Châteaux, France

I took a half day trip to visit three of the châteaux near Tours while I was staying there.  We visited Chambord, Chenonceau, and viewed Amboise.  Our guide was a really nice man, who drove like a fugitive trying to outrun the police.  Truthfully, I am in cars so infrequently that they always seem to be going so fast, but everyone in our mini van was clutching the nearest hand hold or loved one.  However, this meant more time in the castles, as we saved a lot of driving time.  First up was the viewing of Amboise.
The driver said, “On your right is Amboise,” as we flew by the castle on our way to Chambord.  Alrighty then.  There it is, that whitish blur behind the trees.
Next up, Chambord, or as I like to call it, the passably ok hunting lodge.  Because seriously.  Hunting lodge.  400+ rooms, 300+ fireplaces, 77 staircases.  Just a place to crash while hunting.  No big.  But it is big.  Seriously big.  Big enough to get lost in just the half that is open to the public.

It was spectacular.  Every bit of it was perfect.  It was extremely ornate, and absolutely gorgeous.  I don’t love spiral staircases… but it had several that even I really liked, including the double helix in the main area of the castle, allowing one person to go up, and one down, and they don’t pass each other as they spiral around each other… a neat feature for those philandering Kings of old.
One part of Chambord that really kind of creeped me out were the heads.  Or perhaps it would be more apt to call them skulls.  Rooms full of them.  Just to remind us that it was a hunting lodge, I suppose, but it was rather too macabre for my taste.  Plus, the antlers threw strange shadows.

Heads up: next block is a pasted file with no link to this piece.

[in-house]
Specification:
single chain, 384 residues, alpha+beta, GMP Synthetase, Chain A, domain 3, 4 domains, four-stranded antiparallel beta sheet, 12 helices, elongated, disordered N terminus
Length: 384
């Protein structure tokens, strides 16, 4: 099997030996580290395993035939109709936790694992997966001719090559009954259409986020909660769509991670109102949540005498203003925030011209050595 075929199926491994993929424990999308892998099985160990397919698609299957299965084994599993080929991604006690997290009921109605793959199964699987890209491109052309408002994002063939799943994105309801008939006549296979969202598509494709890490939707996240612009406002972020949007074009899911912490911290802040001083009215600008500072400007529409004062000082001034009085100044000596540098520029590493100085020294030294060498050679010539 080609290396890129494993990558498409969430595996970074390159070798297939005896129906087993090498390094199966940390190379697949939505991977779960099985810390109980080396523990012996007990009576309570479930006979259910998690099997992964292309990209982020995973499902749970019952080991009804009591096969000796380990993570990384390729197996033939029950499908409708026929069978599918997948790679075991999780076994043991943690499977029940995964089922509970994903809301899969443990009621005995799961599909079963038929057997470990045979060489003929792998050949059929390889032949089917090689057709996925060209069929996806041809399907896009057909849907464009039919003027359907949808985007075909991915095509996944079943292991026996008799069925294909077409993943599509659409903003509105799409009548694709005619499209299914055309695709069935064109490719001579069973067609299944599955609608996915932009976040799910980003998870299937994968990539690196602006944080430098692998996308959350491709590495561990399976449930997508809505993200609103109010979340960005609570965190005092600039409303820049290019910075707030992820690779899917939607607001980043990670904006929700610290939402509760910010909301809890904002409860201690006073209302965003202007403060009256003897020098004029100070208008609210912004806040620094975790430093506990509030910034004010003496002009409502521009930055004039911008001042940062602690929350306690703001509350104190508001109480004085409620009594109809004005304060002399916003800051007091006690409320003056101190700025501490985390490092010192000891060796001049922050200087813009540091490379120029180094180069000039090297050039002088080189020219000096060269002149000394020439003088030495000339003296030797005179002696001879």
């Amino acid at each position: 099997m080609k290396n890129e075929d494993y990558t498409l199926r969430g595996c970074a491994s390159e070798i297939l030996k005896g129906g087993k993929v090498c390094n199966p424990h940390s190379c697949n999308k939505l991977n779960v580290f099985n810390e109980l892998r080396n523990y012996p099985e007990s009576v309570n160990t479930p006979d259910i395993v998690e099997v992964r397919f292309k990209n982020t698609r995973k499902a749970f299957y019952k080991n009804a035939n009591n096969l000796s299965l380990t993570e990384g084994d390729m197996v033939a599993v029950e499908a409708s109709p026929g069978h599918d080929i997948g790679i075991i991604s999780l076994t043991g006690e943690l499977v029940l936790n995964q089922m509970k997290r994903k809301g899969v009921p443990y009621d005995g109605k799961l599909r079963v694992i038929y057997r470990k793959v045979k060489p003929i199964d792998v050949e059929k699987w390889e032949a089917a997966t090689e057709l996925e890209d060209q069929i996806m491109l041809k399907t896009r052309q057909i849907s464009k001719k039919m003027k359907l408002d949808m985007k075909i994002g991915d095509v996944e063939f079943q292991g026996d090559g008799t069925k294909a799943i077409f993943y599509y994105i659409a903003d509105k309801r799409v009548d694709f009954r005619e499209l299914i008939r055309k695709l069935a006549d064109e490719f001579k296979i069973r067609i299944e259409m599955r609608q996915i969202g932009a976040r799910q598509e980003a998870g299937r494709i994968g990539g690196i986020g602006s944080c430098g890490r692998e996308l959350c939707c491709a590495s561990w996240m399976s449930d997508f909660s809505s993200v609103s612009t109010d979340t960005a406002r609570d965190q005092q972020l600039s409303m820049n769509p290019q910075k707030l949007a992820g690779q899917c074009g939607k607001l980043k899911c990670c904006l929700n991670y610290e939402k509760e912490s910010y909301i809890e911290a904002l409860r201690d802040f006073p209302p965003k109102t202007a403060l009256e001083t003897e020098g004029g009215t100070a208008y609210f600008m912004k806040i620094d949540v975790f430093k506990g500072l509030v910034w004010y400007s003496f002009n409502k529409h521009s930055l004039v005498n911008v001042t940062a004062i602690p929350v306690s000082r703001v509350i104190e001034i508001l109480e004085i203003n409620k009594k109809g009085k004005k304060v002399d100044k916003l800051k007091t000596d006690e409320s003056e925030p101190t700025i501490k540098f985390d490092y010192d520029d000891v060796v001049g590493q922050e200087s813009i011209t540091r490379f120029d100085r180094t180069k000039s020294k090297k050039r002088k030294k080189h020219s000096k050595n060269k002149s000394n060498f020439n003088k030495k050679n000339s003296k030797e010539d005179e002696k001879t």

From the extreme excess of Chambord we made our way to Chenonceau.  The Lady Castle, as it was.  It was designed and has only been inhabited by women.

A little history of the castle, because I think it’s interesting.  King Henry II gave Chenonceau to his mistress, Diane.  She lived there for twelve years until his death, when his wife, Catherine, unceremoniously kicked her out of the spectacular chateaux, and sent her down river to another, smaller, more austere châteax.  Diane, missing her home, and unhappy with her runner up castle, left after just a few years.  Catherine, meanwhile loved Chenonceau and threw amazing parties there, even hosting the first fireworks display in France.

Now, this story is told as a ‘oh that greedy Catherine, how could she do that to poor Diane?!’ Kind of slant.  But honestly, if I were queen, and another woman is sleeping with my husband for twelve years, you can be darn sure the tramp wouldn’t be getting a consolation châteaux.  She’d just be getting put out.
Also, one last note about the châteaux.  The beds- they are pretty small.  The drapery was extremely tall, and the rooms were large, which I am sure made the beds look smaller than they were, but still.  And I know… beds were smaller back then.  People were smaller back then… I get that.  But these are not just every day beds.  This is the King’s bed.  One would think he could have a bed as large as he wanted.  Heck, he built a hunting lodge with 400 rooms!  To be sure, if I am ever crowned queen of anything, I’m setting a new world record for largest bed.  And most pillows.  Which I will throw all of onto the floor every night.  Just because I can.


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